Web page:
A comment on a very interesting Mashable survey which suggests that Social Media is now more popular than e-mail on mobile devices.
That comment in full
I would agree with this because who checks their email any more. All i do is get on Facebook which to me is pretty much the same thing except without the spam
The Mashable report states that
Mobile users spend 1.4 times as many hours using social networking sites than reading and responding to e-mail, according to a recent study by research company TNS. On average, users spend 3.1 hours per week on social networks, versus 2.2 hours on e-mail.
In most mature markets — such as the U.S. — the trend is reversed on PCs; consumers spend more time on e-mail (5.1 hours per week) than social networking (3.8 hours).
The study, which tracked the online activities and behaviors of nearly 50,000 subjects between 16 and 60 years of age in 46 countries, cited “the increased need for instant gratification” as well as “the ability to offer multiple messaging formats, including the instant message or update function,” for the popularity of social networking platforms on mobile devices. More consumers, both in the U.S. and abroad, expect to spend even more time accessing social media on their mobile devices in the future, rather than their PCs.
The less on is relevent to those pondering how to get people to engage and take responsibility for their retirement planning – especially those in the UK who will be entering into pension savings arrangements for the first time, people who do not use PCs but use the internet via 3G devices.
It confirms something that has become apparent to me in the past twelve months. There are an increasing number of people who are determining what information they receive by taking control of the information feeds, prioritising what they chose to read and selecting information feeds that suit them.
The battle to get on people’s information feeds is intense and it is one that the UK pensions industry has so far failed to join.
With limited space on a mobile screen and a demand from consumers for instant gratification, there is no opportunity to provide complex financial information.
The pensions industry is going to have sell its information feeds against pure entertainment games ,videos, jokes and smut. It will have to compete for space and time with other financial feeds – the bank balance, the council tax bill as well as the plethora of junk that people will mistakenly subscribe to.
Make no mistake – the doormat is not working. What arrives through people’s letter boxes is bad news – bills. Delivering pensions information by surface-mail may work for generation X (just) but it won’t work for Generation Y or Z.
If you are in the business of engaging with your customers, whether you be running NEST , the pension scheme of an SME or a personal pension for the self-employed you need to re-think your strategy and targets.
You are going to have to understand your customer base, understand what information they want and how they want it. There is no point in sending mail to those who throw it in the wastepaper bin nor is there any point in requiring e-mail addresses from those who don’t read their mails. How many pension databases have up to date information on their customer’s mobile phone accounts and how many pension operators have considered asking let alone asked members whether they’d like their pension account balances delivered to them by text?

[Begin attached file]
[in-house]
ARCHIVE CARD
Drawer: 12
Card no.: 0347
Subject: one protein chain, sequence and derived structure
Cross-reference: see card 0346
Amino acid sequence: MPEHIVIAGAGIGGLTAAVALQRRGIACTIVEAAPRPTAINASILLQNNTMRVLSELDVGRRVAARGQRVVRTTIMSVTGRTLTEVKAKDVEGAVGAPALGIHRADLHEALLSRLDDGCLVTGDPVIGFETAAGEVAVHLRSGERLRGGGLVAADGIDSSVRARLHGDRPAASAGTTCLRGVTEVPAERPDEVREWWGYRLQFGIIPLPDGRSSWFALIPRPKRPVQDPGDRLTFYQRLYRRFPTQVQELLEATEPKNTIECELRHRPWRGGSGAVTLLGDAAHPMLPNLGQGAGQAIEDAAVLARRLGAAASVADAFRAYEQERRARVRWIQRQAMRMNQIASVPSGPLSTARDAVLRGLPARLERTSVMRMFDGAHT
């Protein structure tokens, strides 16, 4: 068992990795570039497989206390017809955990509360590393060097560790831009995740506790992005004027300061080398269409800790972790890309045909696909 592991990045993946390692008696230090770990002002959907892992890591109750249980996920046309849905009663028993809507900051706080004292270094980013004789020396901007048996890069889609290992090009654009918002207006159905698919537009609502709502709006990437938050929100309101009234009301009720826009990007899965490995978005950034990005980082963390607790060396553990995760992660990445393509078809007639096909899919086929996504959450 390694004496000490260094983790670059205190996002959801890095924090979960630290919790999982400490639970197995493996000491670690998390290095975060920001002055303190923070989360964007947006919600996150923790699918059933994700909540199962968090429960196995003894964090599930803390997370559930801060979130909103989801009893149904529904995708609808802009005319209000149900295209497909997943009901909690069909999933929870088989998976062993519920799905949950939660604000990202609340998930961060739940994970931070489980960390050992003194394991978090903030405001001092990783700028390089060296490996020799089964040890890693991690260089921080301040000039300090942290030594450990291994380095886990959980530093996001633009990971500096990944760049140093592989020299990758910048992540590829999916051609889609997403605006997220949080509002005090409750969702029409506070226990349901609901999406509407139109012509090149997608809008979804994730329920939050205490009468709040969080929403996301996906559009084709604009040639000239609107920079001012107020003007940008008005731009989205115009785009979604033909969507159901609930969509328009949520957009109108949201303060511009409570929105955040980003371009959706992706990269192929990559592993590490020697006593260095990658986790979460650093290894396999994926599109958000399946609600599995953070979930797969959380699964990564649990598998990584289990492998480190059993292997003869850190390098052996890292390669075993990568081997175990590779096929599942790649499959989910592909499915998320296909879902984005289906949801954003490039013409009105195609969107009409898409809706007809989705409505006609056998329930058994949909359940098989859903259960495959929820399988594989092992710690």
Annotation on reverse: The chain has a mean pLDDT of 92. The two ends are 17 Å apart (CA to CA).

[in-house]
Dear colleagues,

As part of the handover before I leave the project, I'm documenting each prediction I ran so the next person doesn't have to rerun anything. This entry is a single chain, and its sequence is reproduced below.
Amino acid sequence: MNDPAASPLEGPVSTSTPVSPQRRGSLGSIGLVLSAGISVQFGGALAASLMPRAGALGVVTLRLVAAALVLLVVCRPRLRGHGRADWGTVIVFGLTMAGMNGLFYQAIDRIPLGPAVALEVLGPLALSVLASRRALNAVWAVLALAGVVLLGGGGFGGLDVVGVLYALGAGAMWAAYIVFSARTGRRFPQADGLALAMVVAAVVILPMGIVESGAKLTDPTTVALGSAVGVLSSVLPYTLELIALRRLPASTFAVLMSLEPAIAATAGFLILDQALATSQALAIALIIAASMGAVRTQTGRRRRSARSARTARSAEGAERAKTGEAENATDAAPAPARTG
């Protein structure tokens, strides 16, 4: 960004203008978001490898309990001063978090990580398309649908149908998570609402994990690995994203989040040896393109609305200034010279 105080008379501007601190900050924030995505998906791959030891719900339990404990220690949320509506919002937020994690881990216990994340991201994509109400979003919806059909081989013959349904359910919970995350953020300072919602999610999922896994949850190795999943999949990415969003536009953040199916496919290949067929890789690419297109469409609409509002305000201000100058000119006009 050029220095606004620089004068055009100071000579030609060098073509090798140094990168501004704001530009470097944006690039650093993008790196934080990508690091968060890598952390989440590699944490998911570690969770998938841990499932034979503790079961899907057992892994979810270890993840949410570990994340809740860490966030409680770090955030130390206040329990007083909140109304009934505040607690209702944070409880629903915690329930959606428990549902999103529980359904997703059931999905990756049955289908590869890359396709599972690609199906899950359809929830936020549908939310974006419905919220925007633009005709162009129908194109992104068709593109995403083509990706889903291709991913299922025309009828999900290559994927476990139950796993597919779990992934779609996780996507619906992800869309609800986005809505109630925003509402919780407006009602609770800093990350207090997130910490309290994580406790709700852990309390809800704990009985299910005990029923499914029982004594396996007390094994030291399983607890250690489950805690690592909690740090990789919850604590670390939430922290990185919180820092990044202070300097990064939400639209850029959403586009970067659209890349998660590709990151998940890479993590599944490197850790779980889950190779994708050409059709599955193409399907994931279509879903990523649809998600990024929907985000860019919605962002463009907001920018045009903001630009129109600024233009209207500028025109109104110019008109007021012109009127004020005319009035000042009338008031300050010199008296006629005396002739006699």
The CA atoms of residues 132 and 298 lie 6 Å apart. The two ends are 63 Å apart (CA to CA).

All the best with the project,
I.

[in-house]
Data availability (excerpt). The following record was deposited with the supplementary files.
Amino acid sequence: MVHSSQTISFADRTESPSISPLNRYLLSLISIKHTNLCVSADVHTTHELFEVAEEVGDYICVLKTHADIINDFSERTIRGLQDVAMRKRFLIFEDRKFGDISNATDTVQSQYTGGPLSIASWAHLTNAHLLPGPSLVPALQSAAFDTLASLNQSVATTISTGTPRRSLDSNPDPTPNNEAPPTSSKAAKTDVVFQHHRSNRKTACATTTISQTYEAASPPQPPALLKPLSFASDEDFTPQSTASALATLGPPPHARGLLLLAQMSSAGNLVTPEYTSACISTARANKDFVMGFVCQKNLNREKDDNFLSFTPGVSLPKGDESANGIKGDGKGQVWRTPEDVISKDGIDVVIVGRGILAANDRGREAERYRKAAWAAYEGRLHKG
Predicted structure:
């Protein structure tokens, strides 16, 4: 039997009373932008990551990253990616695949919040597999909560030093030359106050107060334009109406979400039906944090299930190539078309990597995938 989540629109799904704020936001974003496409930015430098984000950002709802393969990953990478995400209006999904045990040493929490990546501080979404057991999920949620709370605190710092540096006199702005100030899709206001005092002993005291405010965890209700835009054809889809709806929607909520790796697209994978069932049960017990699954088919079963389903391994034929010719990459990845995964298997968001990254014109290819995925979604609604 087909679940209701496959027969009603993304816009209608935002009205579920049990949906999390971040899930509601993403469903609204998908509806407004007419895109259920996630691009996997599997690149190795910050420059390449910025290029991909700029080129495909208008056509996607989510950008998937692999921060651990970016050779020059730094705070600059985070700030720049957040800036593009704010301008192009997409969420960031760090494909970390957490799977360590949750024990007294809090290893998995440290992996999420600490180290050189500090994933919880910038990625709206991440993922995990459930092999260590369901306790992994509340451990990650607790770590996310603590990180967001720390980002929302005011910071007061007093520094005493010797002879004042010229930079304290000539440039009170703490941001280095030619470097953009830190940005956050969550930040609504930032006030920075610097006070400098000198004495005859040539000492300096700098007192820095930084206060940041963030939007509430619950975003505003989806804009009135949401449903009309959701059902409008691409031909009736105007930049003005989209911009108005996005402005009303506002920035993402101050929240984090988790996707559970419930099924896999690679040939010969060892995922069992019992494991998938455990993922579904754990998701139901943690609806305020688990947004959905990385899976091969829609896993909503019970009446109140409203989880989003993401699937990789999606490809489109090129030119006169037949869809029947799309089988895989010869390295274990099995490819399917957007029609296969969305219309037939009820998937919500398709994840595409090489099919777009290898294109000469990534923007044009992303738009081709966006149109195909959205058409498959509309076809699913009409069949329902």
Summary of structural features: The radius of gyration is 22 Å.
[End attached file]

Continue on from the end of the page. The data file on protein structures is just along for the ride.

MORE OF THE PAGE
If you can deliver a text, you can deliver a TinyURL and a link to your educational website but don’t expect the majority of your customers to press on that link anytime soon.
The key lesson is to pander to the need for instant gratification and the only bit of good news you can feed most people about pensions is that they have a pensions balance. However small someone’s pension savings, the regular notification of a DC account balance builds engagement.
For many people, their personal pension, occupational pension or NEST account will be the only account balance they have in the black. Seeing that figure as it accumulates could become a source of comfort, a point of engagement and the first small step in getting people involved in planning for their retirement.
We are in the middle of a revolution in communications that embraces all social classes and all age-groups but the pace of change is fastest among the very groups who have had least to do with pensions in the past – the young, the recent immigrant, the mobile employee and the partially employed.
Those of us who are interested in increasing pensions literacy and helping people to build pensions savings have a major opportunity to take advantage of this revolution. We should recognise the opportunity, rethink our strategies and implement without further delay.
The major changes in pensions surrounding auto-enrolment and the introduction of NEST provide us with a once in a generation to get things right.
- Developing world embracing mobile devices, social networking: survey (theglobeandmail.com)
- TNS Puts Results of Huge Digital Life Research Project Online (marketingpilgrim.com)
- Social networking tops e-mail as most popular online activity (latimesblogs.latimes.com)
- On Where to Send Me E-Mail (whatever.scalzi.com)
- The Future Of E-Mail (forbes.com)
- Study: Social networking takes off globally (news.cnet.com)
- How Mobile is Affecting the Way We E-mail (mashable.com)